We are not in trauma usually when we are experiencing the “trauma”—it’s not until we look back as an adult and say “holy sh*t!” and label it as not normal, which can come with shame, guilt, and other self-depleting energies.
On depression and isolation:
I talked with her about my experience with how I have been in an intense isolation and solitude phase of life far before the quarantine and pandemic crisis. Many of us can feel as though the past has tainted us. Now, I’m healing and integrating myself back into society with new ways of looking at myself other than attaching to past toxic relationships. She speaks openly about how isolation isn’t bad, and it’s a form of discernment.
This approach and perspective around depression and isolation is comforting, validating, and is truly understood from an acceptance view rather than thinking there is a “problem” with self-isolating. This is one of my favorite “ah-ha” moments of the interview. She helped me realize that my outlook on depression was a bit skewed. Yes, depression can feel like you’re walking around with an open wound, but it doesn’t mean that we are “bad” or unworthy—if anything, it makes us more attuned to who we let into our lives.
Her wild honesty is refreshing. She also dove deep into how hard the process can be when dealing with the masks we wear around family and friends. She says:
“We are biologically wired to transform ourselves to the nervous systems of the people we are around and this is how impostor syndrome exists because there is a lack of connection to the nervous system.”
At the end of the interview, she gets emotional over a story she shares about her mother, along with her perspective on Saturn Return and the pressures that millennials are going through especially in their late 20s and early 30s. I listened to this episode three times before launching it because it was so powerful, and I absorbed new information from it each time. After launching the episode, I received so many messages from listeners saying how much the episode helped them see issues in their lives in a new way.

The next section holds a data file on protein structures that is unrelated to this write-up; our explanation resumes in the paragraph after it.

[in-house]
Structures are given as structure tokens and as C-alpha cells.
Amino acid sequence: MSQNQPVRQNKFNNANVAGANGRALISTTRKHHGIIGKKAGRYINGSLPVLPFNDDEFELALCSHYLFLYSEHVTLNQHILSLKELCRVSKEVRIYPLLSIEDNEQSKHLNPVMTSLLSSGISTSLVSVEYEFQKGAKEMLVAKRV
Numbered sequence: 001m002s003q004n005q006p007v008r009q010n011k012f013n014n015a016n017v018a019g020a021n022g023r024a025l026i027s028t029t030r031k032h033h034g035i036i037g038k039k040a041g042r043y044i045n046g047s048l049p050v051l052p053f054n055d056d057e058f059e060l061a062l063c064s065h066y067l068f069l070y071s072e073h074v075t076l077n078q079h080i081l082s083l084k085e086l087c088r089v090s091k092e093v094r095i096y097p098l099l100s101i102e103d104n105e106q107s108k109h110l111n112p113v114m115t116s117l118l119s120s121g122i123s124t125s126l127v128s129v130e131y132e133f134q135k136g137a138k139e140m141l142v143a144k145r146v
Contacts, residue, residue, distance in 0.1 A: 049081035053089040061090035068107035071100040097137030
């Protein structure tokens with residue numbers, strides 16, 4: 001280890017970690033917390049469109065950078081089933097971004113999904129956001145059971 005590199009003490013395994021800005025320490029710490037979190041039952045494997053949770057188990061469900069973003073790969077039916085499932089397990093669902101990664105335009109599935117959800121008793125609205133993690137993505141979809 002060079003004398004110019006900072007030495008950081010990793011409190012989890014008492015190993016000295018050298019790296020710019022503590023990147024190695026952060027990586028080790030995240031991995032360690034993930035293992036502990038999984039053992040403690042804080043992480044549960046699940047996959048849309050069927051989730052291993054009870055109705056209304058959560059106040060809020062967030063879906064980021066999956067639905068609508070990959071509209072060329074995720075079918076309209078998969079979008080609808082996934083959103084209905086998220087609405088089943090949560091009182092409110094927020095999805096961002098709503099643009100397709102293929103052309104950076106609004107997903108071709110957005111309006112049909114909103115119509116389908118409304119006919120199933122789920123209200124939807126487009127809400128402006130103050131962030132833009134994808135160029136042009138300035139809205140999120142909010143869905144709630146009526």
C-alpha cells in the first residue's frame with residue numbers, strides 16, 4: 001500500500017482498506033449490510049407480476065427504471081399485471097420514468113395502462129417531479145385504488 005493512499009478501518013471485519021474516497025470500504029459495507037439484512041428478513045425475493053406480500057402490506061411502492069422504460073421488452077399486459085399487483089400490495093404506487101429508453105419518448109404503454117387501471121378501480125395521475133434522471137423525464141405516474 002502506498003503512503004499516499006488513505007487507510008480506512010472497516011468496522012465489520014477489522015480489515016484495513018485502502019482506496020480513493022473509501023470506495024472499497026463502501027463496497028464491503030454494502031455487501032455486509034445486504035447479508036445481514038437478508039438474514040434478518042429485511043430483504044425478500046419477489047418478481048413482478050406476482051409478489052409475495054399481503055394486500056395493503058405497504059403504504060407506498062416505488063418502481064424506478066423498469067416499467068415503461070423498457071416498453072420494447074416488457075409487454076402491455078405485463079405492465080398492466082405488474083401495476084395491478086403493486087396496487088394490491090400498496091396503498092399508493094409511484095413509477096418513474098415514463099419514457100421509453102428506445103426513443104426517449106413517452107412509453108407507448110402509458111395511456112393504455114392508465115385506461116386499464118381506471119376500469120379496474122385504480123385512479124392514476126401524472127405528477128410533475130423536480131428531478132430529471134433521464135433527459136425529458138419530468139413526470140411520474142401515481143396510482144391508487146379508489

This is the perfect episode to listen to if you’re feeling alone and needing professional therapeutic advice from the comfort of your home. If it triggers you, I invite you to breathe deep and journal through the episode. Take notes of when you are feeling waves of emotion and what memories or traumas rise to the surface. She has a way with words, and her warm energy is so strong you’ll be able to feel it even if you are isolated during quarantine.
Biggest takeaway on isolation and depression:
Instead of creating the inner pressure or resistance to isolation, why not invite it in with open arms? Why is it so looked down upon to spend time alone? If no one has come into our lives or no one has made you comfortable enough to create an intimate friendship or relationship, there should be no reason to force yourself to create these daydreamed relationships.
Biggest takeaway on codependency:
“If we are unhealed as a codependent, especially if we are empathetic with other people, we are addicted to the sensation of saving the world from the wound that we ourselves wanted so deeply to be saved from.”
Everybody has multiple personalities, everybody has many different parts and that’s integration. That’s the point of therapy.